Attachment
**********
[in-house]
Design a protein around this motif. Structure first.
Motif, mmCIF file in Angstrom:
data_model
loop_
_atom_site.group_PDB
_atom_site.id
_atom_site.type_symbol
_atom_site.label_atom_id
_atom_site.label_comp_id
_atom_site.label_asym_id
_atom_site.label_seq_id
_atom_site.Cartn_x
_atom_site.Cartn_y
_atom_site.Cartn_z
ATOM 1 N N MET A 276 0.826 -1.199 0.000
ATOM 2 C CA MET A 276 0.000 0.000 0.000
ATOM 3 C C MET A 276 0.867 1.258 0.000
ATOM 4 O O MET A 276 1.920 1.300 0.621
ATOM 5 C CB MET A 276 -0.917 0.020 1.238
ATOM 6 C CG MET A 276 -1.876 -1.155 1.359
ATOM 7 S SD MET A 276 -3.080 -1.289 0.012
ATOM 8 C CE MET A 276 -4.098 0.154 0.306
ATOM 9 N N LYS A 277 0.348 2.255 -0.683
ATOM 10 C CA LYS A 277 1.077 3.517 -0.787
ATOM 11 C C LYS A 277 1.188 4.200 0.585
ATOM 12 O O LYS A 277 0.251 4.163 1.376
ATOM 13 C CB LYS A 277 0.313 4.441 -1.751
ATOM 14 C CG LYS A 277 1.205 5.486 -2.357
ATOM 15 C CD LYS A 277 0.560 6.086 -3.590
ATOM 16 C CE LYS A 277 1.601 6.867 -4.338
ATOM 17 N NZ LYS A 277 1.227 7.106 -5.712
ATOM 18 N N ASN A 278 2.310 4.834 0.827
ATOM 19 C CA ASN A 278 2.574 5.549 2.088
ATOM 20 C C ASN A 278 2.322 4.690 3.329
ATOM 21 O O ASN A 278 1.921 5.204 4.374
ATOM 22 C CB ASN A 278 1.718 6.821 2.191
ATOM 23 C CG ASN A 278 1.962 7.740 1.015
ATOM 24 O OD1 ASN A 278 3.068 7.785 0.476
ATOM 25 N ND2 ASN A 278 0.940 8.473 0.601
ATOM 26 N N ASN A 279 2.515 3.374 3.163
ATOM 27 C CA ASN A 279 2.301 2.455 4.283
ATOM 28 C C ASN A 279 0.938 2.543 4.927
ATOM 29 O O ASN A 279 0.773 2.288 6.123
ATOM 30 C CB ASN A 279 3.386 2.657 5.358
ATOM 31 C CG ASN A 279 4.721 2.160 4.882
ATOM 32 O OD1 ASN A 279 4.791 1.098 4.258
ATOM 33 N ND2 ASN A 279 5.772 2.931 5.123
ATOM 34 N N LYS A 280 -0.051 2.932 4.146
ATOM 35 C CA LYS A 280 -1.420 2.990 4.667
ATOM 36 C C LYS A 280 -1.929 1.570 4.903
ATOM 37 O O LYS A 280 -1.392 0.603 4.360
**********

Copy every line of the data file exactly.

[in-house]
Design a protein around this motif. Structure first.
Motif, mmCIF file in Angstrom:
data_model
loop_
_atom_site.group_PDB
_atom_site.id
_atom_site.type_symbol
_atom_site.label_atom_id
_atom_site.label_comp_id
_atom_site.label_asym_id
_atom_site.label_seq_id
_atom_site.Cartn_x
_atom_site.Cartn_y
_atom_site.Cartn_z
ATOM 1 N N MET A 276 0.826 -1.199 0.000
ATOM 2 C CA MET A 276 0.000 0.000 0.000
ATOM 3 C C MET A 276 0.867 1.258 0.000
ATOM 4 O O MET A 276 1.920 1.300 0.621
ATOM 5 C CB MET A 276 -0.917 0.020 1.238
ATOM 6 C CG MET A 276 -1.876 -1.155 1.359
ATOM 7 S SD MET A 276 -3.080 -1.289 0.012
ATOM 8 C CE MET A 276 -4.098 0.154 0.306
ATOM 9 N N LYS A 277 0.348 2.255 -0.683
ATOM 10 C CA LYS A 277 1.077 3.517 -0.787
ATOM 11 C C LYS A 277 1.188 4.200 0.585
ATOM 12 O O LYS A 277 0.251 4.163 1.376
ATOM 13 C CB LYS A 277 0.313 4.441 -1.751
ATOM 14 C CG LYS A 277 1.205 5.486 -2.357
ATOM 15 C CD LYS A 277 0.560 6.086 -3.590
ATOM 16 C CE LYS A 277 1.601 6.867 -4.338
ATOM 17 N NZ LYS A 277 1.227 7.106 -5.712
ATOM 18 N N ASN A 278 2.310 4.834 0.827
ATOM 19 C CA ASN A 278 2.574 5.549 2.088
ATOM 20 C C ASN A 278 2.322 4.690 3.329
ATOM 21 O O ASN A 278 1.921 5.204 4.374
ATOM 22 C CB ASN A 278 1.718 6.821 2.191
ATOM 23 C CG ASN A 278 1.962 7.740 1.015
ATOM 24 O OD1 ASN A 278 3.068 7.785 0.476
ATOM 25 N ND2 ASN A 278 0.940 8.473 0.601
ATOM 26 N N ASN A 279 2.515 3.374 3.163
ATOM 27 C CA ASN A 279 2.301 2.455 4.283
ATOM 28 C C ASN A 279 0.938 2.543 4.927
ATOM 29 O O ASN A 279 0.773 2.288 6.123
ATOM 30 C CB ASN A 279 3.386 2.657 5.358
ATOM 31 C CG ASN A 279 4.721 2.160 4.882
ATOM 32 O OD1 ASN A 279 4.791 1.098 4.258
ATOM 33 N ND2 ASN A 279 5.772 2.931 5.123
ATOM 34 N N LYS A 280 -0.051 2.932 4.146
ATOM 35 C CA LYS A 280 -1.420 2.990 4.667
ATOM 36 C C LYS A 280 -1.929 1.570 4.903
ATOM 37 O O LYS A 280 -1.392 0.603 4.360